From the very get go, we had to do full dress rehearsals, so you can be fully involved and committed to your character. The minute the curtain rises, you have to be ready, because you command the stage. There is no camera for close ups or wide shots, and there is no post editing. On stage, you don’t have any of that. The audience is the camera and they choose what they want to absorb. So what you have to do as an actor is really perform in a way that can capture their attention. This is a process that has given me very valuable experience.

Also, the exciting part is you get to interact with the audience throughout the entire duration of the play. You can hear their breathing, laughter and you can see their expressions if something really shocking happens. And the reaction from the audience in turn will affect the way we act on stage. That is the magic of theatre.

Lastly, I get a sense of immense satisfaction. Every time a play ends, you get to hear the cheers and approval from the audience and that is something you just can’t get with film. Right now things are getting down to the wire. We only have a couple of weeks left to practice.

Tell us about your character…
Simply put, I play a banking consultant at a boutique bank. It’s a family-owned bank, run by my nephew, who is the son of my older brother. My older brother passed away, so my nephew took over, but he’s far too young to understand the complexities of finance and he has made some serious mistakes that have jeopardised the future of the bank. This is where my character comes in to take over and clean up the mess. I end up meeting a wealthy entrepreneur at Tonnochy, who is played by Gardner. He’s someone that has his hand in every type of business through investing. At the same time, we meet Carina Lau’s character, who plays a widow of a shoe manufacturer. Her husband died in a suspicious hotel fire.

How would you describe your collaboration with Gardner and Carina?
It has been a lot of fun. We are still just in the preliminary stages of the process, so there hasn’t been anything particular that jumps to mind in terms of our chemistry. Gardner is very experienced and a very good actor. He is the master of the stage and this is an opportunity for me to learn from him. It has been 14 years since I’ve worked with Carina on a play. I would say that we have a certain type of synergy. Before, there wasn’t a lot of pressure before because we weren’t playing the lead roles. This time, we are taking things more seriously because we are the main cast. We’ve been rehearsing from 2pm to 10pm, six days a week.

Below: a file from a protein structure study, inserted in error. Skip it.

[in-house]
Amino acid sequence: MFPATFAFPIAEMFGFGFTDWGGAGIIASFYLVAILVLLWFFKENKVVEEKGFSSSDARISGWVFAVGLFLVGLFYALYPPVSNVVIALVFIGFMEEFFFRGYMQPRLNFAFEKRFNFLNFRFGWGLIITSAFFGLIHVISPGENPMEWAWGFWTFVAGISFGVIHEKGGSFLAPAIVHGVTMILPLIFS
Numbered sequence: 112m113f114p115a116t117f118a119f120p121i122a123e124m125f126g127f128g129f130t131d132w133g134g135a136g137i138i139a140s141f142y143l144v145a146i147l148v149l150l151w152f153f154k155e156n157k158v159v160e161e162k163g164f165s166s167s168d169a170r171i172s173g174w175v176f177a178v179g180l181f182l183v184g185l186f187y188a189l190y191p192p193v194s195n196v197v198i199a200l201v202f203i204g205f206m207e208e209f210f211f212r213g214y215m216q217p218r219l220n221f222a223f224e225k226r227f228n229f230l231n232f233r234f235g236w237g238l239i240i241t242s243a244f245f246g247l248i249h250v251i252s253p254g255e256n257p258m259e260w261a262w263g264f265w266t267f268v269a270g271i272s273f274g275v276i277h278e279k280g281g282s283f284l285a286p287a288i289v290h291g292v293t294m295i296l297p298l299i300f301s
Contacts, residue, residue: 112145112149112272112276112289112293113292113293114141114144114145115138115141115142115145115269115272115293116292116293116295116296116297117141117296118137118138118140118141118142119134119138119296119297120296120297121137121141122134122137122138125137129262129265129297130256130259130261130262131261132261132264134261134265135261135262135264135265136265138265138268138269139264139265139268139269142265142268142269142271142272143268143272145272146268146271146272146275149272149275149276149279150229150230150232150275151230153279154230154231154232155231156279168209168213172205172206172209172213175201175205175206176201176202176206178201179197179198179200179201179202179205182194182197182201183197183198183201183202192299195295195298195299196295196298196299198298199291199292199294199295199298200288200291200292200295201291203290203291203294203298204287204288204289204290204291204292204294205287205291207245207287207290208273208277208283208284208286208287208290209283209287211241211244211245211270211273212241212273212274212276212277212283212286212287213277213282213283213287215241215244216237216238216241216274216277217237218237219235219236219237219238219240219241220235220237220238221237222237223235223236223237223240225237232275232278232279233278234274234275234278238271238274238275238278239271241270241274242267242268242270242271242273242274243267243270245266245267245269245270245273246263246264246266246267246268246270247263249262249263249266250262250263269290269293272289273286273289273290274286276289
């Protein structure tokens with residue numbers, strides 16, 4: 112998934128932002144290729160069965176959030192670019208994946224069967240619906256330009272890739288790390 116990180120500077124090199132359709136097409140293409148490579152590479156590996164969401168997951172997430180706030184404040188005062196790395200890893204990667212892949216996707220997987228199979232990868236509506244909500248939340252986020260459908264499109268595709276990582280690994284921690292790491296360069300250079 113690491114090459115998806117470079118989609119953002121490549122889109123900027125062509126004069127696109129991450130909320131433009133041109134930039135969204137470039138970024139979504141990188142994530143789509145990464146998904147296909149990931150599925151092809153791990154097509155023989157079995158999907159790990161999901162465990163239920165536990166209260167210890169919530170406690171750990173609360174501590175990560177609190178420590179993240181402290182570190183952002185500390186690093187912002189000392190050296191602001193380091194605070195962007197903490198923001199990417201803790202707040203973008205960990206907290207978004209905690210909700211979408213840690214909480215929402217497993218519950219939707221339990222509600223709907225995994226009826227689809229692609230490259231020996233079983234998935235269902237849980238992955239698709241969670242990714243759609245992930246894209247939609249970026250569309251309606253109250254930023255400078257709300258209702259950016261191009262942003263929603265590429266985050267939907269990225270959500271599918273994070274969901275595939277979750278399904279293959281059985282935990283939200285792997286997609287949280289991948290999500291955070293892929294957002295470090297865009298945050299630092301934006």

Where do you find the stamina?
There was a time when I worked every day for three years without taking a single day off because we had films back-to-back-to-back. So by comparison, it’s much easier to manage now because Hong Kong cinema is dead.

No, no, I’m just kidding [chuckles]. But if you compare it to before, we had like 300 films a year. Now we have about 40.

Would you say that, with fewer films, the quality has improved?

No, not in Hong Kong. Maybe somewhere else, but definitely not here. We don’t captivate the audience anymore.

Well, at least Tonnochy has sold out. Do you think the interest the production has generated suggests a growing interest in theatre?

Maybe. Actually, you can say that theatre has grown in the past two years, mostly with comedians like Jim Chim and Dayo Wong. But nothing has been as shocking as the sales for Tonnochy. People always criticise Hong Kong for being a cultural desert because people here are only into making money. If you talk to people about history here, you get blank stares. Hopefully that will change with the development of the West Kowloon Cultural District, so people can have more venues for cultural consumption. I would say theatre is an enriching form of entertainment – definitely moreso than mindlessly surfing the internet all day or going clubbing.

What are your hopes for Hong Kong’s theatre industry?
We have a particular responsibility with this play because it is made in Hong Kong and it takes place in Hong Kong. I think I reflect the sentiments of the cast and the director when I say that we want to ensure that homegrown theatre will continue on. We need a ‘treasure of the theatre’, sort of like how Cantonese Opera is full of treasures, most notably the show Never Say Goodbye, which has been passed down and acted out by many different troupes. And each time there is a performance, audiences are still excited to see it. That’s what we need.

So there needs to be a legacy…
Exactly. So you can say there is another type of motive behind this play, which has added a different kind of pressure for me. We want the audience to look forward to homegrown Hong Kong theatre. For film, we’ve had Infernal Affairs, which was adapted by Hollywood. That’s what I mean by treasure.

So what is left on Tony Leung’s to do list – what do you really want?

I’m not expecting anything. I just hope that I can continue to act in films until everyone loses interest in me or I just can’t physically do it anymore. It will have to be those circumstances before I’ll stop. I’ll continue until I die. I guess after so many years as an actor you have this thought, that maybe if you die on stage that would be the perfect way to end your career.

Like a true thespian. Hopefully not any time soon, though!

People will remember you longer, though. [Smiles]   

Tonnochy HKAPA, multiple dates from Jul 18-Sep 26. Tickets: $1,200-$180;